Character prompts


Random Prompts for Character Development

Last year, I bought Natalie Goldberg’s book, Old Friend from Far Away: The Practice of Writing Memoir. A friend saw Goldberg present at a bookstore about this book and was impressed, so I bit.

Now, I’m not much into writing a memoir. My life has been pretty average. But I’ve kept this book close for the last six weeks or so as I work through the revision on my novel-in-progress. Why? Because it centers on character description and a character’s inner life, and has tons of prompts.

Yesterday I reached a point where I knew that A was thinking about B and needed to decide to invite her over to visit. But how could A justify this, since they were so different?

Old Friend prompt: The Half-n-Half chapter (p. 199-200) reminded me to look around the setting. Goldberg says, “Public school had it all wrong with their topics: justice, morality, liberty, freedom, education.”

Instead, she suggests you look around your setting. Apparently, she was writing that chapter at a coffee shop, because here is part of her list: “half and half, sugar, cherry jelly, peppermint tea, Pepsi. . . .”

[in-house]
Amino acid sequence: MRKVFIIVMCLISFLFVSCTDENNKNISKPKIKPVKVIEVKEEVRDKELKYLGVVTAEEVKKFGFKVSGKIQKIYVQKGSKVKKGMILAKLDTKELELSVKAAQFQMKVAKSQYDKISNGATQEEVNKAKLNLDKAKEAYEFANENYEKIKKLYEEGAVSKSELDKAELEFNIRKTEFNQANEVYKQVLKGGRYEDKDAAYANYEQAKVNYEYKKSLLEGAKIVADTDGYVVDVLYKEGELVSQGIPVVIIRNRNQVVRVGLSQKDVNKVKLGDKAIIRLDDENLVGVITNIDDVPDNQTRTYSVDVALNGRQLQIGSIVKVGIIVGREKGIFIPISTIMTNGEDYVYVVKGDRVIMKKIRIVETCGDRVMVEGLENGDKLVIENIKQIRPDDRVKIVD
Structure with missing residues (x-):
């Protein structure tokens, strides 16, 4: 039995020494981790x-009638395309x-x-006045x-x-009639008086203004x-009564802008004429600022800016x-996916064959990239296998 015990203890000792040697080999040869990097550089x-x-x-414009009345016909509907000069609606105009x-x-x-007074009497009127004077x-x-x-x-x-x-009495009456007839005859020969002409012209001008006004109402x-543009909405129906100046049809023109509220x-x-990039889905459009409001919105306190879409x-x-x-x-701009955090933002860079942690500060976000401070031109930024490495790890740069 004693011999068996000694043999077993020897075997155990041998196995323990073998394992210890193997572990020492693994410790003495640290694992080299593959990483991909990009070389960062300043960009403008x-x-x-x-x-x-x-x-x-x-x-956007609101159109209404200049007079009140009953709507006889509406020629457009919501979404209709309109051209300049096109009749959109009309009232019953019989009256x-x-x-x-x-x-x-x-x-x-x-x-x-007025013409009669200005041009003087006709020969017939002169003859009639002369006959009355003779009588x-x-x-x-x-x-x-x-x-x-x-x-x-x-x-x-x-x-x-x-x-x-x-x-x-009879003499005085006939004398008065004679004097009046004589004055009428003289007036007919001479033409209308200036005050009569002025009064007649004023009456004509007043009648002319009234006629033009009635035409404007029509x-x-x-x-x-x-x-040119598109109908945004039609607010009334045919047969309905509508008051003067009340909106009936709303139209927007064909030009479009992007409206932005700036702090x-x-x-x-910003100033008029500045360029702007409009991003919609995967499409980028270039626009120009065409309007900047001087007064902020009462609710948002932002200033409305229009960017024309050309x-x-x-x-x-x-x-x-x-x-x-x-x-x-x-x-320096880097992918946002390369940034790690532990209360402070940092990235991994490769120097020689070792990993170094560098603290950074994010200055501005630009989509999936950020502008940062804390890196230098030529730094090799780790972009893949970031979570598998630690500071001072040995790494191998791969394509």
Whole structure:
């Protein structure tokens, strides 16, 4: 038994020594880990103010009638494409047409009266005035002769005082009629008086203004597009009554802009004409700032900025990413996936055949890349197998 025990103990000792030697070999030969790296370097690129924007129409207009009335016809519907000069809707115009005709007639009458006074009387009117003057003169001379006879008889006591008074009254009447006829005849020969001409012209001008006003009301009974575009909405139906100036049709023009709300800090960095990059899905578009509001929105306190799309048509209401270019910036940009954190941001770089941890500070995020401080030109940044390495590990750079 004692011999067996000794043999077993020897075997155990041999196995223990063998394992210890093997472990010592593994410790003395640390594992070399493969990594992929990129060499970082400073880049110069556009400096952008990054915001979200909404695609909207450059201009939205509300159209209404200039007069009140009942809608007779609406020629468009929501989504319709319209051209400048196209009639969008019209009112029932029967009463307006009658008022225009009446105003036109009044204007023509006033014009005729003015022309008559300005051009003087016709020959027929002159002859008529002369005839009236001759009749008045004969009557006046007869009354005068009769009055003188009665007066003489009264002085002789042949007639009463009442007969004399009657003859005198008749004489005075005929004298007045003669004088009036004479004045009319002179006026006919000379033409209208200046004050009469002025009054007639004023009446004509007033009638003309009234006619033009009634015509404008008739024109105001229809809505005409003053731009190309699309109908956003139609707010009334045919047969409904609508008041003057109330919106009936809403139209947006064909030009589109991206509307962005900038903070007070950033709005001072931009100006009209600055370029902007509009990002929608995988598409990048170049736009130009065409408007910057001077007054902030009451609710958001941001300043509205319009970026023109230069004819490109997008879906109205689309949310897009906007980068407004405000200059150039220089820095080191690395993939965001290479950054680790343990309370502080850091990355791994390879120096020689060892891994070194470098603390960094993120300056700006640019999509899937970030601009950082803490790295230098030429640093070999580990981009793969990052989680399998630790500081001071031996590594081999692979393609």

Oh, I remember now. Characters live in the particulars, the specifics of who they are, not in the generalities. When you describe your character and put him/her into action, the character description must include details. It took me only a few seconds of brainstorming to come up with band-aids. Yes, band-aids. A reflects on how B decided to get a plain skin-colored band-aids, not a neon color, or a Barbie or GI Joe one, or some other weird pattern, but just a plain one. That made B an okay person in A’s eyes. Short paragraph, in and out of A’s head in a blink.

That worked for me. Much better than the rambling thing I had tried before.

Old Friend has tons of short prompts, anything from one sentence prompt to a couple pages to explain something. It’s not that I couldn’t have come up with band-aids eventually; it’s just that these prompts, chosen randomly, seem to help me speed up the writing time, while deepening character.

Comments are closed.